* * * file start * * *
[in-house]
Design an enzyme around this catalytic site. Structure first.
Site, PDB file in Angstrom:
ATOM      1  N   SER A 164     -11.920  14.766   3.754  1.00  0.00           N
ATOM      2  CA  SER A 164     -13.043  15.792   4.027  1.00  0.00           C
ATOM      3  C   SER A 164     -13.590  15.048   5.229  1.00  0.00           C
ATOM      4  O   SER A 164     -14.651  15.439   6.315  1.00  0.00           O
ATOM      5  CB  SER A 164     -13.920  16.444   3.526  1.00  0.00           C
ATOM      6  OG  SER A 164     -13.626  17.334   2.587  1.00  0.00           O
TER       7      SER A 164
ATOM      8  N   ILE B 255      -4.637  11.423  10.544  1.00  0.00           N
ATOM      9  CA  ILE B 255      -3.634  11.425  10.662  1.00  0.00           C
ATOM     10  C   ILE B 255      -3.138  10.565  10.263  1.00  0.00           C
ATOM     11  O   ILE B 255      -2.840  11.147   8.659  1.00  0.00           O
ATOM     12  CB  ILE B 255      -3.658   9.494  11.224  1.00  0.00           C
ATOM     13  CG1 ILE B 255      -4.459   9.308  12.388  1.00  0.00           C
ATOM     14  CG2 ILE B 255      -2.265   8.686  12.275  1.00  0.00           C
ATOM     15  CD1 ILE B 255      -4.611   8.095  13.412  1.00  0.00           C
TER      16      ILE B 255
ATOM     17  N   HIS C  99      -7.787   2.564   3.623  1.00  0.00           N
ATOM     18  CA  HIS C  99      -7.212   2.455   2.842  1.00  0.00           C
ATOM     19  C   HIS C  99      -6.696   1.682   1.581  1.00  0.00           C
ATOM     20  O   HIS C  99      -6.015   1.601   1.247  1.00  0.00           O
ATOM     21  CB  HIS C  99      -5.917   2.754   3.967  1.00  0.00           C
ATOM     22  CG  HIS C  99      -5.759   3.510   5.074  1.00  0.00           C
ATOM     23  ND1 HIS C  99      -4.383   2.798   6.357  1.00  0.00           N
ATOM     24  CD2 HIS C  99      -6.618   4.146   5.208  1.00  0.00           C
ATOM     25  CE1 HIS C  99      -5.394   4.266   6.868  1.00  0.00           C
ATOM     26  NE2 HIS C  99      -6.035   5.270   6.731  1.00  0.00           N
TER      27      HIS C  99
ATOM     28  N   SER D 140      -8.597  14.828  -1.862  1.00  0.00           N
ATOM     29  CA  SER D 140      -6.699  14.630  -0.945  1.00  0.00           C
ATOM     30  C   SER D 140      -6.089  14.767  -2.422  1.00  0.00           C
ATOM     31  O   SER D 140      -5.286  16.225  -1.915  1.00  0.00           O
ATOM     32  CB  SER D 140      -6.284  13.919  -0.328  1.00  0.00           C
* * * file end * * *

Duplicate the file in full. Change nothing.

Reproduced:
[in-house]
Design an enzyme around this catalytic site. Structure first.
Site, PDB file in Angstrom:
ATOM      1  N   SER A 164     -11.920  14.766   3.754  1.00  0.00           N
ATOM      2  CA  SER A 164     -13.043  15.792   4.027  1.00  0.00           C
ATOM      3  C   SER A 164     -13.590  15.048   5.229  1.00  0.00           C
ATOM      4  O   SER A 164     -14.651  15.439   6.315  1.00  0.00           O
ATOM      5  CB  SER A 164     -13.920  16.444   3.526  1.00  0.00           C
ATOM      6  OG  SER A 164     -13.626  17.334   2.587  1.00  0.00           O
TER       7      SER A 164
ATOM      8  N   ILE B 255      -4.637  11.423  10.544  1.00  0.00           N
ATOM      9  CA  ILE B 255      -3.634  11.425  10.662  1.00  0.00           C
ATOM     10  C   ILE B 255      -3.138  10.565  10.263  1.00  0.00           C
ATOM     11  O   ILE B 255      -2.840  11.147   8.659  1.00  0.00           O
ATOM     12  CB  ILE B 255      -3.658   9.494  11.224  1.00  0.00           C
ATOM     13  CG1 ILE B 255      -4.459   9.308  12.388  1.00  0.00           C
ATOM     14  CG2 ILE B 255      -2.265   8.686  12.275  1.00  0.00           C
ATOM     15  CD1 ILE B 255      -4.611   8.095  13.412  1.00  0.00           C
TER      16      ILE B 255
ATOM     17  N   HIS C  99      -7.787   2.564   3.623  1.00  0.00           N
ATOM     18  CA  HIS C  99      -7.212   2.455   2.842  1.00  0.00           C
ATOM     19  C   HIS C  99      -6.696   1.682   1.581  1.00  0.00           C
ATOM     20  O   HIS C  99      -6.015   1.601   1.247  1.00  0.00           O
ATOM     21  CB  HIS C  99      -5.917   2.754   3.967  1.00  0.00           C
ATOM     22  CG  HIS C  99      -5.759   3.510   5.074  1.00  0.00           C
ATOM     23  ND1 HIS C  99      -4.383   2.798   6.357  1.00  0.00           N
ATOM     24  CD2 HIS C  99      -6.618   4.146   5.208  1.00  0.00           C
ATOM     25  CE1 HIS C  99      -5.394   4.266   6.868  1.00  0.00           C
ATOM     26  NE2 HIS C  99      -6.035   5.270   6.731  1.00  0.00           N
TER      27      HIS C  99
ATOM     28  N   SER D 140      -8.597  14.828  -1.862  1.00  0.00           N
ATOM     29  CA  SER D 140      -6.699  14.630  -0.945  1.00  0.00           C
ATOM     30  C   SER D 140      -6.089  14.767  -2.422  1.00  0.00           C
ATOM     31  O   SER D 140      -5.286  16.225  -1.915  1.00  0.00           O
ATOM     32  CB  SER D 140      -6.284  13.919  -0.328  1.00  0.00           C